Air Pollution

Things related to air pollution from large industrial sources of pollution.

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Sulfur Dioxide Emissions in NY State

Sulfur Dioxide (SO2) is one of a group of gases called sulfur oxides (SOx). While all of these gases are harmful to human health and the environment, SO2 is of greater concern.

Control measures that reduce SO2 can generally be expected to reduce people’s exposures to all gaseous SOx. This may have the important co-benefit of reducing the formation of particulate SOx such as fine sulfate particles.

Emissions that lead to high concentrations of SO2 generally also lead to the formation of other SOx. The largest sources of SO2 emissions are from fossil fuel combustion at power plants andother industrial facilities.

Sulfur Dioxide (SO2) is one of a group of gases called sulfur oxides (SOx). While all of these gases are harmful to human health and the environment, SO2 is of greater concern.

Control measures that reduce SO2 can generally be expected to reduce people’s exposures to all gaseous SOx. This may have the important co-benefit of reducing the formation of particulate SOx such as fine sulfate particles.

Emissions that lead to high concentrations of SO2 generally also lead to the formation of other SOx. The largest sources of SO2 emissions are from fossil fuel combustion at power plants andother industrial facilities.

In 2013, 52% of the state's industrial emissions of sulfur dioxide come from four coal fired power plants -- Somerset Operating Company, Huntley Steam Station, Cayuga Operating Company and Dunkirk Steam Generating Station. Most of these plants now are only used occasionally, if not permanently retired in favor of natural gas repowering or abandonment.

Data Source: Title V Emissions Inventory, 2013. https://data.ny.gov/Energy-Environment/Title-V-Emissions-Inventory-Beginning-2010/4ry5-tfin

Particulate Matter Emissions, Title V Emitters, by percentage

In 2013, the latest year that data is available, Title V Large Industrial Air Pollution emitters released 15,973 tons of particulate matter in New York State. The largest emitter was Finch Paper in Glens Falls, releasing 5,795 tons or about 36% of state's total particulate emissions from Title V facilities. LaFarge aka Blue Circle Cement in Coeymans was second, releasing 1,440 tons of particulate matter or about 9% of state's total Title V industrial emissions.

Data Source: Title V Emissions Inventory. https://data.ny.gov/Energy-Environment/Title-V-Emissions-Inventory-Beginning-2010/4ry5-tfin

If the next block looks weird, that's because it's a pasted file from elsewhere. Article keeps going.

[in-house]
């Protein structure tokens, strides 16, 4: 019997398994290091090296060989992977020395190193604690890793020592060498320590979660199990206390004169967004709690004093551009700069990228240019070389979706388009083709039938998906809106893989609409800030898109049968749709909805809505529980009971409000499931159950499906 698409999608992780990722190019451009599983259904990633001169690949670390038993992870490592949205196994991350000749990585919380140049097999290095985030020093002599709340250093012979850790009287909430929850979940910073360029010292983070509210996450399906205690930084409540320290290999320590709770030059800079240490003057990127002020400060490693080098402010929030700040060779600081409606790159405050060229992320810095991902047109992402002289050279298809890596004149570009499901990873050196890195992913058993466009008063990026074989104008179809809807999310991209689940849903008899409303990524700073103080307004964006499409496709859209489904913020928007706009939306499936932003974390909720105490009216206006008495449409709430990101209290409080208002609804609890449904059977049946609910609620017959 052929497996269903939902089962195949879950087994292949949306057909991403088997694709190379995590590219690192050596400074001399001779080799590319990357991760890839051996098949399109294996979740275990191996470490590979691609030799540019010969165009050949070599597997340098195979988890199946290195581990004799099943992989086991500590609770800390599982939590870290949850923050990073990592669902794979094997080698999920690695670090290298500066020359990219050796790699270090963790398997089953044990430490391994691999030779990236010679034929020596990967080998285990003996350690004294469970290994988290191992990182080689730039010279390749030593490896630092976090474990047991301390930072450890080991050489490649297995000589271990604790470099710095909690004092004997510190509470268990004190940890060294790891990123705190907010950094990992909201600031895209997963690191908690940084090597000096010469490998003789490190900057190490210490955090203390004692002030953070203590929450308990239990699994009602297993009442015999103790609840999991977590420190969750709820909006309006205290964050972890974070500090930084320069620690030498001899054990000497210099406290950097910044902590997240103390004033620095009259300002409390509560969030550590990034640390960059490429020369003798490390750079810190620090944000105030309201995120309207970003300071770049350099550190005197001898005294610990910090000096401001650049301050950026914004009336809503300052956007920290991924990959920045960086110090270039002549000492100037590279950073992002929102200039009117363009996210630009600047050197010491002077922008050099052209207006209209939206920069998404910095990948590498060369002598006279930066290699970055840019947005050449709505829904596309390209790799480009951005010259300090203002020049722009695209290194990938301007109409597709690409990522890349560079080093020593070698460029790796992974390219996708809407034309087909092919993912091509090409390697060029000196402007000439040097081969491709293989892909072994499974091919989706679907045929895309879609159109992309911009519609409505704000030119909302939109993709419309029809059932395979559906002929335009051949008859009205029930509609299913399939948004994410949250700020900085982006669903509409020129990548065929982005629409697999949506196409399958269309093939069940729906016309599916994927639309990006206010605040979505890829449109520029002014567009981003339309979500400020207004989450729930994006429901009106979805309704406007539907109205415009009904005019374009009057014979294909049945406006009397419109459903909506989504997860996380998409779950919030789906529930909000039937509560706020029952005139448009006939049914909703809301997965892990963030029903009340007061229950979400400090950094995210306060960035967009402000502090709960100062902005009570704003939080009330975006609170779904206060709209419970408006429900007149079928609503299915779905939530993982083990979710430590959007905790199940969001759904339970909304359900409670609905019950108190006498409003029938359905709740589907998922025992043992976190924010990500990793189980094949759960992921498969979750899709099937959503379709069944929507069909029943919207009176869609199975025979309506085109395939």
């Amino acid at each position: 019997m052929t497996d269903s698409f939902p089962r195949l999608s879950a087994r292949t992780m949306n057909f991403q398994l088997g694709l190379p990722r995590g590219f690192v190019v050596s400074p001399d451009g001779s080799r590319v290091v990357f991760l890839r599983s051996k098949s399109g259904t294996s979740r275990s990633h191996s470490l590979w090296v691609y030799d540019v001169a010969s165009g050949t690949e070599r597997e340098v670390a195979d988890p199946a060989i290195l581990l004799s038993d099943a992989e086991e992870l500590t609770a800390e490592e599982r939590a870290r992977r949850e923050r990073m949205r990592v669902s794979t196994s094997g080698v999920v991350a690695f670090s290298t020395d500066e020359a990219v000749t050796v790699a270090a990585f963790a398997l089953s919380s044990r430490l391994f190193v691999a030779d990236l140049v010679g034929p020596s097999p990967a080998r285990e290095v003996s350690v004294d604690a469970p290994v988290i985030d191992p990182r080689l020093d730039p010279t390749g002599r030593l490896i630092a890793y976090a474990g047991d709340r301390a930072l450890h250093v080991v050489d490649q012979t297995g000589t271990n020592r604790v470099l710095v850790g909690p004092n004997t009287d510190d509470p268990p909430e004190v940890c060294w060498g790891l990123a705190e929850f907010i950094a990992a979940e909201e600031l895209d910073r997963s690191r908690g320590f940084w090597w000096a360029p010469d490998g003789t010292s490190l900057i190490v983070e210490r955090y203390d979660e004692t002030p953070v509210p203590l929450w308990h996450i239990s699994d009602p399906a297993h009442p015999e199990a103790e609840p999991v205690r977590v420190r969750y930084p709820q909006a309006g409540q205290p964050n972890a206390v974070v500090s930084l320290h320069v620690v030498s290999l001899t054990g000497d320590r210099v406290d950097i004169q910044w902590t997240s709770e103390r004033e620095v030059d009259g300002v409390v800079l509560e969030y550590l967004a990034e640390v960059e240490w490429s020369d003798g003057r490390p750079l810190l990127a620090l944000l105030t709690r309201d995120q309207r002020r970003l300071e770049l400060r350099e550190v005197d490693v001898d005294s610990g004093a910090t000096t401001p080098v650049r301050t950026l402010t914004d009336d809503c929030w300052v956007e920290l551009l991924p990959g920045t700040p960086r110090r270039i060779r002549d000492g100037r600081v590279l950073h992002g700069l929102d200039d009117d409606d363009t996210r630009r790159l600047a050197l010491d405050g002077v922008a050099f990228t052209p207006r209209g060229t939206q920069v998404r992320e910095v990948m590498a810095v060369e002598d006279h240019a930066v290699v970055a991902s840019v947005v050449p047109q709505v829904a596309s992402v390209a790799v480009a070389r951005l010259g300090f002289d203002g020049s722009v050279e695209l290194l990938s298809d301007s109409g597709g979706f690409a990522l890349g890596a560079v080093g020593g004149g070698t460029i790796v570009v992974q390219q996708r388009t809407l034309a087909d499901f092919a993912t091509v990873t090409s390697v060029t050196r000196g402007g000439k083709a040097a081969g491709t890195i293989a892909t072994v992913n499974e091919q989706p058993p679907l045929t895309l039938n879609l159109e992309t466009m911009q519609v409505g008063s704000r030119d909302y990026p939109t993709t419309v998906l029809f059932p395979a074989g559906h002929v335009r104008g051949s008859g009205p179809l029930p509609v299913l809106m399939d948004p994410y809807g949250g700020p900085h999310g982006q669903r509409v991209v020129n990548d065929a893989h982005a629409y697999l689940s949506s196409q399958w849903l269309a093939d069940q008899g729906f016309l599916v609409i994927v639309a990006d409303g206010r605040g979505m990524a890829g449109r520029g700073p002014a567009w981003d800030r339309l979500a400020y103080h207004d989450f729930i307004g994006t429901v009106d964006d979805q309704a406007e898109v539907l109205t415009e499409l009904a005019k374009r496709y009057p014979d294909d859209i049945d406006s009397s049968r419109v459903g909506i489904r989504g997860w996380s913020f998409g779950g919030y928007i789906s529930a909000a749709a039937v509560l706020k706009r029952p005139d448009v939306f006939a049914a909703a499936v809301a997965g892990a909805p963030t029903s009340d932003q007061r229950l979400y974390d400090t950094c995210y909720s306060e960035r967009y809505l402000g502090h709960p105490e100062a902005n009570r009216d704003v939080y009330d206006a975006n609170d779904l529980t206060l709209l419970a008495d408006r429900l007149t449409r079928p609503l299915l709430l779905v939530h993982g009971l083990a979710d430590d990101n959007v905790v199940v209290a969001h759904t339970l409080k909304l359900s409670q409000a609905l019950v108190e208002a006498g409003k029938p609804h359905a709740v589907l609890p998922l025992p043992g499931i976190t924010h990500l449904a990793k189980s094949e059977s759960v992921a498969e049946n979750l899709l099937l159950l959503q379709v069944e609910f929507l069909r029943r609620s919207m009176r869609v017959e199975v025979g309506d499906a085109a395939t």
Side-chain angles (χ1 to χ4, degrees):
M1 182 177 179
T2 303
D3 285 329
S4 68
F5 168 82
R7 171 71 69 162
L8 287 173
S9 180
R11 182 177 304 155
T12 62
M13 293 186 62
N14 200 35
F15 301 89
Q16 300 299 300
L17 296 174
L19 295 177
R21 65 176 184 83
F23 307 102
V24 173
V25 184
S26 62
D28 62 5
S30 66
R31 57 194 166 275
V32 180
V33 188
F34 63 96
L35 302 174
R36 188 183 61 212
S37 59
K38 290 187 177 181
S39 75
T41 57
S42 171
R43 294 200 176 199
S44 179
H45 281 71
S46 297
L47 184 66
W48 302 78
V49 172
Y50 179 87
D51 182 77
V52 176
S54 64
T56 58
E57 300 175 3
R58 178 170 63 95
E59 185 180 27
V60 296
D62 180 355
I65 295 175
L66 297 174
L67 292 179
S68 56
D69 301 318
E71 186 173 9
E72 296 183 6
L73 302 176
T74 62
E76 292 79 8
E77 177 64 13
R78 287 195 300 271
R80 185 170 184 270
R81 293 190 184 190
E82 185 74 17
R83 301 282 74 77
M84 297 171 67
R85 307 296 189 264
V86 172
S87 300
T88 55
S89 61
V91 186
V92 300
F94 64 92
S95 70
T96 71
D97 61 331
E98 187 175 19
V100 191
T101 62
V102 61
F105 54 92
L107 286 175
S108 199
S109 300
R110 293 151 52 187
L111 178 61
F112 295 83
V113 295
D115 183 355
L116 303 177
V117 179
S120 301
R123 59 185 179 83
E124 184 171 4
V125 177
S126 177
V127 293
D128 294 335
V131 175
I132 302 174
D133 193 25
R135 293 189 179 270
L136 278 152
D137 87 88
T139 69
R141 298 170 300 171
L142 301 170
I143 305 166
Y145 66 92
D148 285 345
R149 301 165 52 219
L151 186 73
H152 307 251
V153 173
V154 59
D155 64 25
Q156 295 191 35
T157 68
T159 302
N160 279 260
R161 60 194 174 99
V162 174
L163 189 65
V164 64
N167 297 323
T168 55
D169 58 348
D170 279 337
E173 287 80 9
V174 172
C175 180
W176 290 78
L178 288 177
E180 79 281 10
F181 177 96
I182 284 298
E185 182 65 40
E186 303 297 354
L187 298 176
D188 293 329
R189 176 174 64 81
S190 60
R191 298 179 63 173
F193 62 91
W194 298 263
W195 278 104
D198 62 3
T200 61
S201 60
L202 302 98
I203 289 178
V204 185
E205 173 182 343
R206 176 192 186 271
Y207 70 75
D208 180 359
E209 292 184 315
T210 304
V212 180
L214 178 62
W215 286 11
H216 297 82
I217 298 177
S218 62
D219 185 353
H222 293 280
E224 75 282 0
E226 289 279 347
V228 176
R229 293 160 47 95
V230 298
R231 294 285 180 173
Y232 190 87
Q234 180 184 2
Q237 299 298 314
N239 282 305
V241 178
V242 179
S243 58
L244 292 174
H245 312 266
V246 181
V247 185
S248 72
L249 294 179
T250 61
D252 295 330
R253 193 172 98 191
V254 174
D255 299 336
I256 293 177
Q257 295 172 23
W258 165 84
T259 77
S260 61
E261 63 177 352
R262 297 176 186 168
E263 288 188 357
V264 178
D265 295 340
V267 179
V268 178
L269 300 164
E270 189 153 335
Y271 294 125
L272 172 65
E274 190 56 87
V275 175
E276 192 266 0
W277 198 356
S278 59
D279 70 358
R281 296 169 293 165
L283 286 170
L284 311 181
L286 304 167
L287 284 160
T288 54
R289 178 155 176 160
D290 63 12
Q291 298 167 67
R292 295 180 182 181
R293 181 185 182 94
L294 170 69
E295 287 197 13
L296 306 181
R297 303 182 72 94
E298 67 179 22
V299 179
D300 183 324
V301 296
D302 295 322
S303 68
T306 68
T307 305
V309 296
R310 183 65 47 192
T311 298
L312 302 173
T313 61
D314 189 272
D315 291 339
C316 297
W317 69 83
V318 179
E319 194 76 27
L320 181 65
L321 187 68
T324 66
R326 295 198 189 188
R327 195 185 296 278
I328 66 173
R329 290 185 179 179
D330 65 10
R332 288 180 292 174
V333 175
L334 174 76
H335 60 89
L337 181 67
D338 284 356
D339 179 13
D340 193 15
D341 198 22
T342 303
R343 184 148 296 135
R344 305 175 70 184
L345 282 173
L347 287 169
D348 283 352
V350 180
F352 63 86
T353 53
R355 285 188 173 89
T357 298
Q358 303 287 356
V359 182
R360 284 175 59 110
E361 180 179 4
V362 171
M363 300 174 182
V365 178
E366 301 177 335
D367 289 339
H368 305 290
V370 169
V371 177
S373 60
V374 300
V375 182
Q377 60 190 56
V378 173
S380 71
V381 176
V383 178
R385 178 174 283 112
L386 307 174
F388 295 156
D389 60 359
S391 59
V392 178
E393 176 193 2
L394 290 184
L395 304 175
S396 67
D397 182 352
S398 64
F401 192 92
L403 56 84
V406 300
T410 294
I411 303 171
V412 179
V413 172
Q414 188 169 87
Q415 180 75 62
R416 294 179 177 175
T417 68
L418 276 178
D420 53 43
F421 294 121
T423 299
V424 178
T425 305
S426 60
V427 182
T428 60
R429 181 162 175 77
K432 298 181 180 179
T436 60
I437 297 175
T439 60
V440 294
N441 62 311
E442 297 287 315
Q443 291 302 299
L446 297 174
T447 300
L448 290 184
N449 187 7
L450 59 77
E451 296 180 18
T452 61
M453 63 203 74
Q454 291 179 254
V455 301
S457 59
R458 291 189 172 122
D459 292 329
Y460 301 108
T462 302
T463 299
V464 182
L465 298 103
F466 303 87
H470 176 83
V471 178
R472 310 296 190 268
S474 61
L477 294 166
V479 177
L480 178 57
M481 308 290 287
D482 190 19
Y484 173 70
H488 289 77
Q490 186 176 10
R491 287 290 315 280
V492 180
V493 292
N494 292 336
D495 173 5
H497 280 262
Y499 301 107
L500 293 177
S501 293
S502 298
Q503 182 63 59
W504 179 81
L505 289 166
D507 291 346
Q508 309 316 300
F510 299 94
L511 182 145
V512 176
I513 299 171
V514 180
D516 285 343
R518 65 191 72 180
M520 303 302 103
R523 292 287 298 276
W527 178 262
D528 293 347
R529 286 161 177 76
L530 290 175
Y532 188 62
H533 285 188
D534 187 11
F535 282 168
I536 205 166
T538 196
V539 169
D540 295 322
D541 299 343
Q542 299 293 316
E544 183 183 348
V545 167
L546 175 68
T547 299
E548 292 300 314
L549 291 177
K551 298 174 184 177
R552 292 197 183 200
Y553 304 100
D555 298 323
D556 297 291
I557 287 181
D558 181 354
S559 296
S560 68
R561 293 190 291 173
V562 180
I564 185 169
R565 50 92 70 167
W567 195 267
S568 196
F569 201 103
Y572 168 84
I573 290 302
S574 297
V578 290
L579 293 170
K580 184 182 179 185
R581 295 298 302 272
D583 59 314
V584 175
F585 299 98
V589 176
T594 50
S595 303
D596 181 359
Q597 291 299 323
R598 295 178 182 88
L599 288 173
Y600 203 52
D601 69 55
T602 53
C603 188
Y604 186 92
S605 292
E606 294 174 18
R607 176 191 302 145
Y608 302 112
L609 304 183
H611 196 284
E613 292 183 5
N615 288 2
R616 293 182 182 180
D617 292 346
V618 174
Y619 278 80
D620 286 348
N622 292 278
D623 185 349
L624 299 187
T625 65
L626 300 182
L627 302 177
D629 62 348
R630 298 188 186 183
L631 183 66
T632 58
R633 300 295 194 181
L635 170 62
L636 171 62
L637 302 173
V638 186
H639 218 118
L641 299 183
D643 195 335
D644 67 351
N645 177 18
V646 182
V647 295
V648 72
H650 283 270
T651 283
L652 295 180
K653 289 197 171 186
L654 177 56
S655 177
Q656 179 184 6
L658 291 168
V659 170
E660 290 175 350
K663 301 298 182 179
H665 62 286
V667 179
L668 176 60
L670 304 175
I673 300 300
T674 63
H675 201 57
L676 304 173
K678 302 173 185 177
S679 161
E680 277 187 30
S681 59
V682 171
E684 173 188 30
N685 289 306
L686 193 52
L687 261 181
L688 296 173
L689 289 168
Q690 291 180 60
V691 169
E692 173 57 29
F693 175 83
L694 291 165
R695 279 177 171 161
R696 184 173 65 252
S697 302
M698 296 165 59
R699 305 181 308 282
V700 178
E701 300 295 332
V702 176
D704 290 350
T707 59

Trump’s EPA Seeks Deadly Air Pollution Loophole for Dirty Trucks

"The U.S. Environmental Protection Agency (EPA) is proposing to roll back emission safeguards against sales of dirty trucks, leaving the public to cough and wheeze on more air pollution. NRDC is opposing the rollback at a public hearing on Dec. 4 in Washington, DC."

"The EPA proposal would lift restrictions on the number of new trucks that can be sold using old, refurbished engines (so-called "glider vehicles") that don't meet modern emissions standards. The proposal creates a dirty truck loophole that permits niche industry players to circumvent necessary clean air safeguards and sell an unlimited number of new, dirty trucks on the cheap."

"Approximately 10,000 heavy trucks have been sold annually in recent years that lack modern combustion and emissions control technologies to reduce dangerous nitrogen oxides (NOx) and particulate matter (PM) from diesel exhaust. These pollutants contribute to ground-level ozone, or smog, and soot, and are directly linked to asthma attacks, respiratory and heart problems, and premature death."

Harvey Danger: Major Chemical Plant Near Houston Likely to Explode, Facility Owner Warns

Don't worry, be happy!

"One of the world's largest chemical companies warned Wednesday that its flooded plant near Houston will likely catch fire and explode in the next few days — and there's nothing the company can do about it."

"Arkema Group's plant in Crosby, Texas — about 20 miles northeast of Houston — was inundated by more than 40 inches of rain by Hurricane Harvey and has been without electricity since Sunday, the company, based in Colombes, France, said in a statement."

"The plant manufactures organic peroxides commonly used in everyday products like kitchen countertops, industrial paints, polystyrene cups and plates and PVC piping. The materials must be kept very cool, but refrigerators for the plant's low-temperature containers are out of commission, and backup generators were also swamped, meaning "the potential for a chemical reaction leading to a fire and/or explosion within the site confines is real," the company said."

Summer U.S. Forecast: Hotter, More Polluted Than Usual by Dr. Jeff Masters